LinkedIn also adds Two-Step verification

Repeated attempts of hacking online services such as Evernote, Facebook and Twitter has forced LinkedIn to introduce two-step verification feature for its service. Two-step verification is increasingly getting popular these days due to rise in number of attacks on social media sites and other high-profile services. As such many services are adding it as an optional security feature. The feature allows users to add a second level of defense to their account.

LinkedIn

What is two-step verification

Two-step verification as most of you might now know requires a user to use more than one form of verification to access his account. The verification requires a numeric code in addition to an account password. This, to an extent helps in averting malicious attempts to access your account.

“Most internet accounts that become compromised are illegitimately accessed from a new or unknown computer (or device). Two-step verification helps address this problem by requiring you to type a numeric code when logging in from an unrecognized device for the first time. This code will be sent to your phone via SMS. When enabled, two-step verification makes it more difficult for unauthorized users to access your account, requiring them to have both your password and access to your mobile phone”, the LinkedIn blog reports.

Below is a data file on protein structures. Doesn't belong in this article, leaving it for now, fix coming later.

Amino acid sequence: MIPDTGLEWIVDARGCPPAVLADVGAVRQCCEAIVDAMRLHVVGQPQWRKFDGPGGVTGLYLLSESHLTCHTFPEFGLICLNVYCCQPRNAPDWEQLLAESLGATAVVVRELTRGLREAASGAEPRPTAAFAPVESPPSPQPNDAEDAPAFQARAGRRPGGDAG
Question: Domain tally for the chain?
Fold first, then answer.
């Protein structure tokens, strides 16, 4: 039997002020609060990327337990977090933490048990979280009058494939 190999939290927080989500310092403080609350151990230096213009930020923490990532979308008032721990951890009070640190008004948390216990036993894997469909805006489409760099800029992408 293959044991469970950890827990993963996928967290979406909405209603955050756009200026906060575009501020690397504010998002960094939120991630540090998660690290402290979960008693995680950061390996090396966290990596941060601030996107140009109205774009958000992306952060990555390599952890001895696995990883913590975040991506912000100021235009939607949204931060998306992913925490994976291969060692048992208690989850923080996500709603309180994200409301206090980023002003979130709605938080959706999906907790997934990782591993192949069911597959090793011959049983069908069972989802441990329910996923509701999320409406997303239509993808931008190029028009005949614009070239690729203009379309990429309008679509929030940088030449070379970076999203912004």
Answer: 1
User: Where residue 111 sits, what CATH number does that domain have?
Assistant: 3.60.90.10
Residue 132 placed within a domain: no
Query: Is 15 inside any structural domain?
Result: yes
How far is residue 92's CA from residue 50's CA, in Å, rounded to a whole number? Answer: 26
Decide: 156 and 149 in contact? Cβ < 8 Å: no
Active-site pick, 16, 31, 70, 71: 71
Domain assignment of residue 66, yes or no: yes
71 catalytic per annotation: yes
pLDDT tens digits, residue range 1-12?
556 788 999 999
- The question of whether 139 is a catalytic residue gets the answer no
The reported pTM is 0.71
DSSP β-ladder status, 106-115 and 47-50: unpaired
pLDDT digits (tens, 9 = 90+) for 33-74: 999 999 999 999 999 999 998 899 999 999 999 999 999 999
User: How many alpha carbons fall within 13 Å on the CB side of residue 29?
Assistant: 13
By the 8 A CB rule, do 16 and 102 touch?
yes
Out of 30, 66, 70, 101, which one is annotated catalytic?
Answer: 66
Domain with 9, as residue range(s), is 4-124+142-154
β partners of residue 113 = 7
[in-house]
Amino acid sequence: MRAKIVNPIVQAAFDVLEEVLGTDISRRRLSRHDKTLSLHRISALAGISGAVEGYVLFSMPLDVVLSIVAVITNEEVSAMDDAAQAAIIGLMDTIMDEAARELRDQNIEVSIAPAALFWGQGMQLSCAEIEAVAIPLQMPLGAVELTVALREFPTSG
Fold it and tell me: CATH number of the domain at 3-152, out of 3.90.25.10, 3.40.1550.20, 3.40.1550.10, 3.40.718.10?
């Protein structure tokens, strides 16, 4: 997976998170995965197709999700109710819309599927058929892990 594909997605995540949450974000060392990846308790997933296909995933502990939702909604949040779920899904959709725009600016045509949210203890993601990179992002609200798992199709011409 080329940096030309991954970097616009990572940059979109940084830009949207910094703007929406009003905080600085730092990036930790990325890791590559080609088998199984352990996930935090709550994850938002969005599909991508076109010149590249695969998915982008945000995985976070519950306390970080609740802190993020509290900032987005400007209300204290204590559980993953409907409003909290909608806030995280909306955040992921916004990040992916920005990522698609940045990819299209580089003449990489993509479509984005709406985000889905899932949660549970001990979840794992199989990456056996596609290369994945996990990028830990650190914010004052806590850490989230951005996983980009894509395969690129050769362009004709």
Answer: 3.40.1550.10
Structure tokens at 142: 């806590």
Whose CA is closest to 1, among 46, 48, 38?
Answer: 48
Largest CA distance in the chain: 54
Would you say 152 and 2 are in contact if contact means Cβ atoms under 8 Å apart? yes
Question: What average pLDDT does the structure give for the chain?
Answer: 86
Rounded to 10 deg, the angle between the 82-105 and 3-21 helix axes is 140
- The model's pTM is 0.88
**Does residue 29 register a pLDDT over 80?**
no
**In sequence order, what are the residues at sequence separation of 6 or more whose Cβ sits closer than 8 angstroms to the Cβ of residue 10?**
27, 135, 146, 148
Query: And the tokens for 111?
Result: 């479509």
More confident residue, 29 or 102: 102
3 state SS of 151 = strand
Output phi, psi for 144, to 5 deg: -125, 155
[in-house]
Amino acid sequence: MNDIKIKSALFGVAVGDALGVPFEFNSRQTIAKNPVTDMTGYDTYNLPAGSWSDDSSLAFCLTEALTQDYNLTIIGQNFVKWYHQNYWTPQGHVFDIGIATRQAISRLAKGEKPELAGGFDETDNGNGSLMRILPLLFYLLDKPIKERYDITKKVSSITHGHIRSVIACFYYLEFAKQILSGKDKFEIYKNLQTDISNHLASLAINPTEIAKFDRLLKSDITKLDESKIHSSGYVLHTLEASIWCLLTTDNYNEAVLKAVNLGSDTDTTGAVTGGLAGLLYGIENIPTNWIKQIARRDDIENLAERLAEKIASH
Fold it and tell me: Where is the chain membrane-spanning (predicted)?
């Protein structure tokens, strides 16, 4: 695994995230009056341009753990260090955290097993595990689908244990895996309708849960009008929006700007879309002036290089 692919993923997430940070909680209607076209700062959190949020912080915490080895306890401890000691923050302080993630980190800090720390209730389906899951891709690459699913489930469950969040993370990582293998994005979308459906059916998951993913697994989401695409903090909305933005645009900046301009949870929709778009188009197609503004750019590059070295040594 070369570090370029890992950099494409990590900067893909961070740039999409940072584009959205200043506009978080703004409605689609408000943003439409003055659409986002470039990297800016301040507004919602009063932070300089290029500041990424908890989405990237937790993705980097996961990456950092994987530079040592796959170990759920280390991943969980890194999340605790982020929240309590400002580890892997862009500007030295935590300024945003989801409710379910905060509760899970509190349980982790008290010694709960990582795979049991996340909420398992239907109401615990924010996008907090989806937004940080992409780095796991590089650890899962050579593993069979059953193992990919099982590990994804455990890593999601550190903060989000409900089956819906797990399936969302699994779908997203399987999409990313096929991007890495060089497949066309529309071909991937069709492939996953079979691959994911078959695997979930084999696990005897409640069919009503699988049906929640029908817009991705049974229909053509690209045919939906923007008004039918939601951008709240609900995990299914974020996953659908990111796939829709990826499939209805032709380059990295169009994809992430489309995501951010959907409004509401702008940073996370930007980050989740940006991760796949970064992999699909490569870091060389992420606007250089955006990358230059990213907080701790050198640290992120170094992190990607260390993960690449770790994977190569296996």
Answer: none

How to enable LinkedIn two-step verification

  1. The feature can enabled through users’ security settings page. Just hover the mouse pointer to the icon in the top-right corner of the site and select “Privacy & Settings,”
  2. Then, choose ‘Accounts’ tab from the left-hand side and click ‘Manage security settings’ link.
  3. Under ‘Security Settings’ section look for ‘Two-step verification for sign-in’ option. When found, Turn the feature on and click on the ‘Done’ button.

That’s it!

Last words

The reason two-step verification is fast gaining acceptance: most accounts become compromised from new or unknown computers or devices. Although, LinkedIn hasn’t suffered much as other social networks, like Twitter, when it comes to compromised accounts, it’s good to see the company taking early precautionary measures to prevent the same.

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The author Hemant Saxena is a post-graduate in technology and has an immense interest in following Microsoft and other technology developments around the world. Quiet by nature, he is an avid Lacrosse player.